The Securities and Exchange Board of India's U-turn on its policy related to participatory notes will not make much of a difference in the short run. However, when things settle down and the sentiment reverses, the gates have been opened for foreign institutional investors to come back.
That's the consensus among market players after the market regulator removed the restrictions on P-notes imposed in October last year.
A fund manager at a local brokerage house desk said the context has now changed. "Then it was a problem of plenty; the situation is completely different now. The measures now can at best have a sentimental impact and FIIs will not invest just because this route is now available," he said.
Sidharth Shah, head, funds practices with legal advisory firm Nishith Desai and Associates, said Sebi should also consider allowing foreign venture capital investors. This is stuck in regulatory hurdles and 80 applications with investment intentions of $ 10 billion dollars are pending with Sebi.
A representative of a large FII having a huge share in the issue of P-notes said that these relaxations are "no big deal". The 40 per cent limit on investments through P-notes was not a hurdle as selling by FIIs in the last three quarters have been so huge that most of them have enough leg room for issuing fresh P-notes.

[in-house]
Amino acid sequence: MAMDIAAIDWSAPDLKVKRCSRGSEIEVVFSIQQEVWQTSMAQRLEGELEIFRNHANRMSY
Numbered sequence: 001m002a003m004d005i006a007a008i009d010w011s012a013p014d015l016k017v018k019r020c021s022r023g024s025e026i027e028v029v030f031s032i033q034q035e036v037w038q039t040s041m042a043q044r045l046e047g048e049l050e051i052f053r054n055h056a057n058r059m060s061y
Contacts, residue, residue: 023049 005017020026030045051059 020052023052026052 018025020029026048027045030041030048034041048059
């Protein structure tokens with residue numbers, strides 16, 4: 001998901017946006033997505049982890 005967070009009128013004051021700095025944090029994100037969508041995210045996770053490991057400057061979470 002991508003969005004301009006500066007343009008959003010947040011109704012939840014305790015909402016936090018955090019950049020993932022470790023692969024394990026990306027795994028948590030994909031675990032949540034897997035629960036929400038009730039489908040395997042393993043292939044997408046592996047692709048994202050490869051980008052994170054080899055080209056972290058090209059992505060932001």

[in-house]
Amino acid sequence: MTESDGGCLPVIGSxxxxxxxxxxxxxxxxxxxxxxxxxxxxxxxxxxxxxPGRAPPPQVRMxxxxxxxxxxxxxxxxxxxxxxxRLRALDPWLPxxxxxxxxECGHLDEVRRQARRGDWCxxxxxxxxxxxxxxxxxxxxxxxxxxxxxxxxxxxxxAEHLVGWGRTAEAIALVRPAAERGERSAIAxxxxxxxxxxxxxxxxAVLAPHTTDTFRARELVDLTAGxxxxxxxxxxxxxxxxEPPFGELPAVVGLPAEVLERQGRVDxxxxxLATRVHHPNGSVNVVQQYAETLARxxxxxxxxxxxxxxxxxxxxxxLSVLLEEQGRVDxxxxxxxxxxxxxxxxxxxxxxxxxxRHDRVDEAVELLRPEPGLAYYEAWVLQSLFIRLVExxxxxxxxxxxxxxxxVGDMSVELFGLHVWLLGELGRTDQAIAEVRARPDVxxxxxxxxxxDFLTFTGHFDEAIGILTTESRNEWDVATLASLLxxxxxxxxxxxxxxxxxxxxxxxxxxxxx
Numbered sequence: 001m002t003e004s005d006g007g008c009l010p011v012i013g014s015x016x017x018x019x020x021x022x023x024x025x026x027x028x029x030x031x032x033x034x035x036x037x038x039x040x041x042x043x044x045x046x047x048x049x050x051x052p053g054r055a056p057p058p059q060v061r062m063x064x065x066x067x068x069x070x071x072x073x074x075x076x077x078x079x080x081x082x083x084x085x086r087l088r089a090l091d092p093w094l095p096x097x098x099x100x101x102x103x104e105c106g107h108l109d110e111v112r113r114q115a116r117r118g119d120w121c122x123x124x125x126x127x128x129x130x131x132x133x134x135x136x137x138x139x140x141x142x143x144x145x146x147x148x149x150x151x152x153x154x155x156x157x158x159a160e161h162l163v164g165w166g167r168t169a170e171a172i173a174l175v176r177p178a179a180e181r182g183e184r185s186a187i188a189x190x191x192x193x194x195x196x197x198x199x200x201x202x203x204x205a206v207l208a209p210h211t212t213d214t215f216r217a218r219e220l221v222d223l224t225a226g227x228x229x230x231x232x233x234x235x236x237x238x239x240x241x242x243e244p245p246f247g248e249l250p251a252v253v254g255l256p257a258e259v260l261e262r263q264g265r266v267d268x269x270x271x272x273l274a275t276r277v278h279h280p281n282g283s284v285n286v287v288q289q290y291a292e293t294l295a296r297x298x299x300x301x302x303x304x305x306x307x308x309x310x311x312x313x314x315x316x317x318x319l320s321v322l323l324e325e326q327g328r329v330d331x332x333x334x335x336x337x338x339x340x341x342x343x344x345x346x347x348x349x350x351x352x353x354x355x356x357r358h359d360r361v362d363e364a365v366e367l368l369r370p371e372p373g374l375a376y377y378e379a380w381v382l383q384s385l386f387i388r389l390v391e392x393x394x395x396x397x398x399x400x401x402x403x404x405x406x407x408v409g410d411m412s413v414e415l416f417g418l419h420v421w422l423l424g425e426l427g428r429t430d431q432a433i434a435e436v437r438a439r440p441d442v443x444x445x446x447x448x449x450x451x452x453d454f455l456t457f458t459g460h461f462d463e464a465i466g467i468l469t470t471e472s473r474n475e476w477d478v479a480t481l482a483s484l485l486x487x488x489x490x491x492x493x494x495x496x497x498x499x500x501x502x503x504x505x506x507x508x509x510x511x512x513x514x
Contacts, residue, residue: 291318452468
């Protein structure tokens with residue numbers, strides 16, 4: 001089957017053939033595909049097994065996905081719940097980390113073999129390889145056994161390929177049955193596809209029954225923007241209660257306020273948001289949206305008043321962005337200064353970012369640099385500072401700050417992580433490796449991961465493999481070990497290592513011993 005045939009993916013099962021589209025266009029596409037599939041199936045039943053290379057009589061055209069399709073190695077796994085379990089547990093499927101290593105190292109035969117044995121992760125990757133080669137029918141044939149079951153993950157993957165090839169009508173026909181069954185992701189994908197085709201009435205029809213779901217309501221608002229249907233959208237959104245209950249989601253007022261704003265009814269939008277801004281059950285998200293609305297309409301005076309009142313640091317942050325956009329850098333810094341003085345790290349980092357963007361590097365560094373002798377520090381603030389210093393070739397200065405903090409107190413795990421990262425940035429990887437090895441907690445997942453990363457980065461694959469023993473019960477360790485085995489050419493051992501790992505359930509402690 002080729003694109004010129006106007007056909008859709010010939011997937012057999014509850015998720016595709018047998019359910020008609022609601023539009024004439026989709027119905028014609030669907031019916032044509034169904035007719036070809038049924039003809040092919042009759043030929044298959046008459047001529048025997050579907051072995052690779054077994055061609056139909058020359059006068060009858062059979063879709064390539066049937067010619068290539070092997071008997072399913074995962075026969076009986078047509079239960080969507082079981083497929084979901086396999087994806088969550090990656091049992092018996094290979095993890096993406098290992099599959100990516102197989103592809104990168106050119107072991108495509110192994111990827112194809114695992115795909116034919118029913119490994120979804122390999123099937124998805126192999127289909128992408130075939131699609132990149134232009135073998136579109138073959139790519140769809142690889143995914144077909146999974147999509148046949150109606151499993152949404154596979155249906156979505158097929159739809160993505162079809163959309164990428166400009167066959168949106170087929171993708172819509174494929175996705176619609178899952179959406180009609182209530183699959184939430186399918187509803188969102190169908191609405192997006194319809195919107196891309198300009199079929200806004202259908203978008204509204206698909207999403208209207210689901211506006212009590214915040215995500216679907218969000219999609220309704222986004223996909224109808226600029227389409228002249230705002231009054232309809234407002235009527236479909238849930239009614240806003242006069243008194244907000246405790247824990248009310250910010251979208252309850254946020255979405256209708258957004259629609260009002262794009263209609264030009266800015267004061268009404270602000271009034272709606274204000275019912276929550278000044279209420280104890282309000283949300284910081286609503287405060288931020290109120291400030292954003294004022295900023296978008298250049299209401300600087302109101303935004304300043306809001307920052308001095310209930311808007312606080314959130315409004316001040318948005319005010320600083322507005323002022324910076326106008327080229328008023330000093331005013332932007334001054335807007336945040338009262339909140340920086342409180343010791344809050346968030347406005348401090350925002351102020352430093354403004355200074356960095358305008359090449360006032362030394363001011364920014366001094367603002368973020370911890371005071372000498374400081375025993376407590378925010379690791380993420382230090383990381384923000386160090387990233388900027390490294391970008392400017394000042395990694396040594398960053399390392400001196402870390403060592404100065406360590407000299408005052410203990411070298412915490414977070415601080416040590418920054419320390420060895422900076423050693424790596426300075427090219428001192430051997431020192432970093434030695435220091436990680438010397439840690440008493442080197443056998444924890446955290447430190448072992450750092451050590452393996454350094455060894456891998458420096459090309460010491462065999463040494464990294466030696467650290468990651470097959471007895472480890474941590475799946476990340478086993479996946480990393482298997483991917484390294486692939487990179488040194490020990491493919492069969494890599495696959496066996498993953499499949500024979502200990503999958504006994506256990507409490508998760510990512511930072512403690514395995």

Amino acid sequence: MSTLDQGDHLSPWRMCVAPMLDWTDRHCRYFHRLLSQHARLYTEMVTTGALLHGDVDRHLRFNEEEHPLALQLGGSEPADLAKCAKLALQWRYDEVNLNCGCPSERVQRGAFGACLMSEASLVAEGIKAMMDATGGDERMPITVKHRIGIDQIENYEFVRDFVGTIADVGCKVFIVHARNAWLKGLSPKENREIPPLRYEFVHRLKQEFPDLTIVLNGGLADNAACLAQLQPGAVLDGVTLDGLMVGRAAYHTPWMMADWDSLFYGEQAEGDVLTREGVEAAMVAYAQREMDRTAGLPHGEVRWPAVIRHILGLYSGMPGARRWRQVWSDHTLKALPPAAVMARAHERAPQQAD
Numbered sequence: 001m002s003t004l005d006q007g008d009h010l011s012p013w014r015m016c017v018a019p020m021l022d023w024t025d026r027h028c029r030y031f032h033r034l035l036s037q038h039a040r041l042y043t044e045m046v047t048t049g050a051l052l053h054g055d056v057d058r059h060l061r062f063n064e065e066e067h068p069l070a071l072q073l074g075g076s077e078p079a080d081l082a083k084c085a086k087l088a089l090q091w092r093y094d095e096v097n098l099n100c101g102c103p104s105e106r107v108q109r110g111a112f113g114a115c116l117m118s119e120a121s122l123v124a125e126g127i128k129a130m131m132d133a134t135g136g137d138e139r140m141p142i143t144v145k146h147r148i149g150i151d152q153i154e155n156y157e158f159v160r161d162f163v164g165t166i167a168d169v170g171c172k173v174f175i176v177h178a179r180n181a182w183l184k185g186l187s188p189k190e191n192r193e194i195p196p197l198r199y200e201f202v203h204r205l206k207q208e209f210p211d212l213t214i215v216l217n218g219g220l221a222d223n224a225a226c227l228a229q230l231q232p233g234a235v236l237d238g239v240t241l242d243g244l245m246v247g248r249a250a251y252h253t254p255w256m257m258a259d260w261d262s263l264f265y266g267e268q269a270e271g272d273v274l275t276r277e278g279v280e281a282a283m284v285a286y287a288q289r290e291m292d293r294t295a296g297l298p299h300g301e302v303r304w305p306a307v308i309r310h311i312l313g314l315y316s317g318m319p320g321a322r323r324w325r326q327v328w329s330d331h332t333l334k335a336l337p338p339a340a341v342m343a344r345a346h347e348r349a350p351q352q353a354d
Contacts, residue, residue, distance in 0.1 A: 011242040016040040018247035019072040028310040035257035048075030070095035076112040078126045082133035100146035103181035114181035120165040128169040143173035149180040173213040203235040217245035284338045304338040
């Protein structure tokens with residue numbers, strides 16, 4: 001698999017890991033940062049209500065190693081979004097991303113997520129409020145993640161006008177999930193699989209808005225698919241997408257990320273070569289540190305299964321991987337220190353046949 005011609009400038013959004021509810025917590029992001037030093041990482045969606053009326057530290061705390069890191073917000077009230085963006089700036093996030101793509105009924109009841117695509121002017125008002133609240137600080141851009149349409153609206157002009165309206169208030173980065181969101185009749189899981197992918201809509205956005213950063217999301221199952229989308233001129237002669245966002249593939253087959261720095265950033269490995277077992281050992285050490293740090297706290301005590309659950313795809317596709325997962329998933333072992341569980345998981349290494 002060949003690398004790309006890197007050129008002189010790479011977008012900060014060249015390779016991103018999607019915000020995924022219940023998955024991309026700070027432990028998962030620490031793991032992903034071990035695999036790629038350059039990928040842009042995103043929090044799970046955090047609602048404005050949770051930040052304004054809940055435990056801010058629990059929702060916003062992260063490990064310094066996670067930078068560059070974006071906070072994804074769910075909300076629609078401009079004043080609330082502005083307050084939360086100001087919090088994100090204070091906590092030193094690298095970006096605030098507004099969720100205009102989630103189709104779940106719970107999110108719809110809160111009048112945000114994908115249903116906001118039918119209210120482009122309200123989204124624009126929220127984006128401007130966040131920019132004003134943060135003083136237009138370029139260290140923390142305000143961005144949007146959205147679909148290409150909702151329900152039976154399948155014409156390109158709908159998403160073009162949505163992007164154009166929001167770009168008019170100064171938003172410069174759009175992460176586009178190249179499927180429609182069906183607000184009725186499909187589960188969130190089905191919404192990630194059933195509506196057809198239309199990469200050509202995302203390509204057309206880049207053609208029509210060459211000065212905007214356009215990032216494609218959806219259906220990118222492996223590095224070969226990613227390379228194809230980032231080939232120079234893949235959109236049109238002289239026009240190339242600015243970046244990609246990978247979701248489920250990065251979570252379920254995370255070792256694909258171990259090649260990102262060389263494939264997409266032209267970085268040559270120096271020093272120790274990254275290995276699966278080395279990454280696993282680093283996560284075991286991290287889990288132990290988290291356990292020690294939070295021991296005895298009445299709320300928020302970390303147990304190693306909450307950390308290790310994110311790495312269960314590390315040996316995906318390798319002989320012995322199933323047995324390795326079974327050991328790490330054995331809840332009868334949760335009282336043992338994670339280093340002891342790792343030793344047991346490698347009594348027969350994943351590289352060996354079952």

Vikas Khemani, head of institutional equity at Edelweiss Capital, said, "The relaxation is alright but where is the FII money? The move itself will not result in an increase in FII inflows."
Amitabh Chakraborty, president-equity, Religare Securities, said none of the FIIs his firm talks with are near the 40 per cent limit any way and nobody is in a hurry to come.
Foreign investors will be more careful, says Bhave
Securities and Exchange Board of India Chairman C B Bhave feels investors will be more careful while using the P-notes route. "People have understood that while investing through this route, they are taking counter-party risk," Bhave told Business Standard.Bhave also said that the regulator is reviewing the complete gamut of FII regulations prepared in 1992. "The context has changed completely since then. Revised regulations will be placed in the public domain for discussions," he said.